Brand Stories: The Rise, and Fall, and Rise… of LEGOMarch 12, 2014 - by Matt Cannon
LEGO began laying bricks for a successful business in 1932. The company faced a number of challenges throughout the years, and was able to pull off one of the most incredible turnarounds in corporate history. In the early 2000’s, the company went from the brink of bankruptcy to the most profitable toy company on the planet.
The name LEGO is an abbreviation of the Danish phrase “leg godt,” meaning “play well,” and can also be loosely interpreted as “I assemble” in Latin. In 1949, LEGO first introduced the original plastic interlocking building bricks. Today, it offers unique plastic building blocks, kits, and sets that change with current trends.
After building up assets over the decades, LEGO began to lose its focus as an organization, while spreading its resources too thinly. As a result, the company nearly went bankrupt in 2004. Facing harsh competition from Mattel and Hasbro, sales decreased 40% in only two years. But that was just the tip of the iceberg. As noted in an Economist article in late 2006,
[t]he logic of diversification was compelling . . . but LEGO went about it the wrong way. It tried to become a lifestyle brand with its own lines of clothes, watches and video games. And as it tried to attract more girls, it started to neglect its main customers, boys aged five to nine. [According to Jorgen Vig Knudstorp, CEO of LEGO Group,] ‘we had become arrogant—we didn’t listen to customers any more.’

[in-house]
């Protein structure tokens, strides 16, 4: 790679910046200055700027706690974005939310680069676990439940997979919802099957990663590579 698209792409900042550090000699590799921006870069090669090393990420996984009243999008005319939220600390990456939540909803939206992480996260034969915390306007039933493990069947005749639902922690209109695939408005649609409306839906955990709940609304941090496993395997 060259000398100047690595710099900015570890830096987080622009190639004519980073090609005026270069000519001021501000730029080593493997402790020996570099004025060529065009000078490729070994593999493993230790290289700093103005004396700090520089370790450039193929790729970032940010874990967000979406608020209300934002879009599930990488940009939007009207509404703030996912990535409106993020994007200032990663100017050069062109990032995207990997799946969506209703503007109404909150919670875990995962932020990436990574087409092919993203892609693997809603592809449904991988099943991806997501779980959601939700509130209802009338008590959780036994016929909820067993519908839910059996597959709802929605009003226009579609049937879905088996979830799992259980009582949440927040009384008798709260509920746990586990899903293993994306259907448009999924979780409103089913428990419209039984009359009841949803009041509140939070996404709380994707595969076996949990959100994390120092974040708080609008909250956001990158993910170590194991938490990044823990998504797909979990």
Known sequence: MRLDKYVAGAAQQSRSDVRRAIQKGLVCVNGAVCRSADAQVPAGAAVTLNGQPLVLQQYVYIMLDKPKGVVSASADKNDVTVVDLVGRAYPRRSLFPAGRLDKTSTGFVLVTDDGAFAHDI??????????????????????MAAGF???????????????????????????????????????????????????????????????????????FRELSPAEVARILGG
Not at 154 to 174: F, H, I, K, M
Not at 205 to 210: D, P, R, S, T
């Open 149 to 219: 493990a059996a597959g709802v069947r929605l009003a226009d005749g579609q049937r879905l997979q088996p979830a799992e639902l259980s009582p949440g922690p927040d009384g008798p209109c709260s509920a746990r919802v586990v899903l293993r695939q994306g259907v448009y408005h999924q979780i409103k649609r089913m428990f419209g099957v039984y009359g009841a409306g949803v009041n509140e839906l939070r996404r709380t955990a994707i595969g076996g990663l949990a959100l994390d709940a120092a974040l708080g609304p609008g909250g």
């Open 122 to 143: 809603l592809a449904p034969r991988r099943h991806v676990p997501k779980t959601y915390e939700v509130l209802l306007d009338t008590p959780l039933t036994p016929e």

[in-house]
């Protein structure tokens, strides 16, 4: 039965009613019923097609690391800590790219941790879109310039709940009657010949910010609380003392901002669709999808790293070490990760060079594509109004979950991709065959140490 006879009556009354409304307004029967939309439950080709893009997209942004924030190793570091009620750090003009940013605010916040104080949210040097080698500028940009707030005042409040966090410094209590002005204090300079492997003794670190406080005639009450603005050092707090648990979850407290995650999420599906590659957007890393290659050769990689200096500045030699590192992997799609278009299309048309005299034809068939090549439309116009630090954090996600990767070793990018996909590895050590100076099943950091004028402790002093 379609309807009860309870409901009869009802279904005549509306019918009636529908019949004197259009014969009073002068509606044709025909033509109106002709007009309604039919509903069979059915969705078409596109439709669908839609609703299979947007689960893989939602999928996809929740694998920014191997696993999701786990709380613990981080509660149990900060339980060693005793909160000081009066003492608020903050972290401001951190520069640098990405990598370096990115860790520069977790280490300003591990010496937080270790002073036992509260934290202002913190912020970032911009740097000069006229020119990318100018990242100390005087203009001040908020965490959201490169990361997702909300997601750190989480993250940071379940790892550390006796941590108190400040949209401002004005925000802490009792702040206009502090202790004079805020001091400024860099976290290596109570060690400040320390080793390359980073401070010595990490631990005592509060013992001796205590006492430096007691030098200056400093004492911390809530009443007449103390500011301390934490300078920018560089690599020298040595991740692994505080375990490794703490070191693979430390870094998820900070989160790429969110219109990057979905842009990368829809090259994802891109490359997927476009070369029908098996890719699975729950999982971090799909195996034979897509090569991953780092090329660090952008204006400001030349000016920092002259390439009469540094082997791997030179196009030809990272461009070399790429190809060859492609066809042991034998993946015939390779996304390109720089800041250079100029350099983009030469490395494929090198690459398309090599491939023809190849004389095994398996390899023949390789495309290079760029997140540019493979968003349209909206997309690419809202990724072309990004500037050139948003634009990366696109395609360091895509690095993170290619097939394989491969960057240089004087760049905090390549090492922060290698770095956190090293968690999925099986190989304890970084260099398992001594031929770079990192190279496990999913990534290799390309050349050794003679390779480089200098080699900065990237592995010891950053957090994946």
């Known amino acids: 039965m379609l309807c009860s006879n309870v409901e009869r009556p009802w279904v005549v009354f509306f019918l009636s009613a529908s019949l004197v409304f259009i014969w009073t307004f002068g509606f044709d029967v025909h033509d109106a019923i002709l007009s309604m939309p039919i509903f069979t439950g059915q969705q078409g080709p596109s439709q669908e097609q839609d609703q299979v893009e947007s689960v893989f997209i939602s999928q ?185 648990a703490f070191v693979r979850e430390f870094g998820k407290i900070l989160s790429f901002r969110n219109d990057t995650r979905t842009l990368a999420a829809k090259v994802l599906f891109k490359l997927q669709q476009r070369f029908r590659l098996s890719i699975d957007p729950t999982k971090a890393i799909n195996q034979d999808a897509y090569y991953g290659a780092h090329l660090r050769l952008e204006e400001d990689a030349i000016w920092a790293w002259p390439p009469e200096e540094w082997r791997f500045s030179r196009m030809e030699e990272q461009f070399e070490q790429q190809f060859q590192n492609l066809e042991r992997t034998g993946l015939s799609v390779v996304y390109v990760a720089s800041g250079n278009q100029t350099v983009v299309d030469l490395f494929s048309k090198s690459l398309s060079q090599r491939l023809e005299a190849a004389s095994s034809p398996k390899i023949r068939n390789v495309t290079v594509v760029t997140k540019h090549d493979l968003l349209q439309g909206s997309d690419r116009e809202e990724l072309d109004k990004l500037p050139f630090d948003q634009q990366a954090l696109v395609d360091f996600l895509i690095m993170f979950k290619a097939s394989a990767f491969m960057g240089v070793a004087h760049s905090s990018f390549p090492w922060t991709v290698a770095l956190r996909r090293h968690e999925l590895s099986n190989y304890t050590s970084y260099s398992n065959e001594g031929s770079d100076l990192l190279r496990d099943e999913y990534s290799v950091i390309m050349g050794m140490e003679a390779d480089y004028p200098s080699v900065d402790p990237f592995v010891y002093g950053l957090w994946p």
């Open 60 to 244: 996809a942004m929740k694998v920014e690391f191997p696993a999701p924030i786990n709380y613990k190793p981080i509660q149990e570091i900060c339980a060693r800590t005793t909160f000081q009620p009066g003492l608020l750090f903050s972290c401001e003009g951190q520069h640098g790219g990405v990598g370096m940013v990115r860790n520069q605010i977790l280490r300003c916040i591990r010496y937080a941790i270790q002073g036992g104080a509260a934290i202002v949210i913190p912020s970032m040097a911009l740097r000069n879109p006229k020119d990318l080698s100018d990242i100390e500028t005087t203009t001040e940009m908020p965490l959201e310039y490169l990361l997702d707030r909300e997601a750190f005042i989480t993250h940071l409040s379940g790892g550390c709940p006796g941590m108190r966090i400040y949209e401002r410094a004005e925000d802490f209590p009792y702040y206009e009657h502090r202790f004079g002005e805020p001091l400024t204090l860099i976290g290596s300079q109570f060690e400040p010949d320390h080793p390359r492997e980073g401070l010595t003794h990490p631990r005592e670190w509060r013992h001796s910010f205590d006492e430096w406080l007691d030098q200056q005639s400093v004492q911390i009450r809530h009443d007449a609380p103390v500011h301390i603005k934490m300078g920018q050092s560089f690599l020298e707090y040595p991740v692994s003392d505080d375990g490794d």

To restore its position in the industry, the company embarked on a long-term and very painful turnaround strategy. Around 3,500 of the company’s 8,000 employees were laid off. LEGO began divesting or discontinuing products that were not solely focused on their core product. It sold four theme parks, the video game development division, and shortened the time spent in product development. It also focused more on adult customers, who account for nearly 10% of sales. And last but not least, the company pivoted to focus much of its business on a new revenue stream that proved to be prophetic: product licensing.
With the new strategy in place, the company quickly worked its way out of debt and became the fastest growing company in the industry. By shifting its market positioning, brand strategy and business strategy, taking advantage of licensing opportunities, and refocusing their efforts and resources on their core product, LEGO was able to restore its firm foothold with many customers that it had lost, both young and old.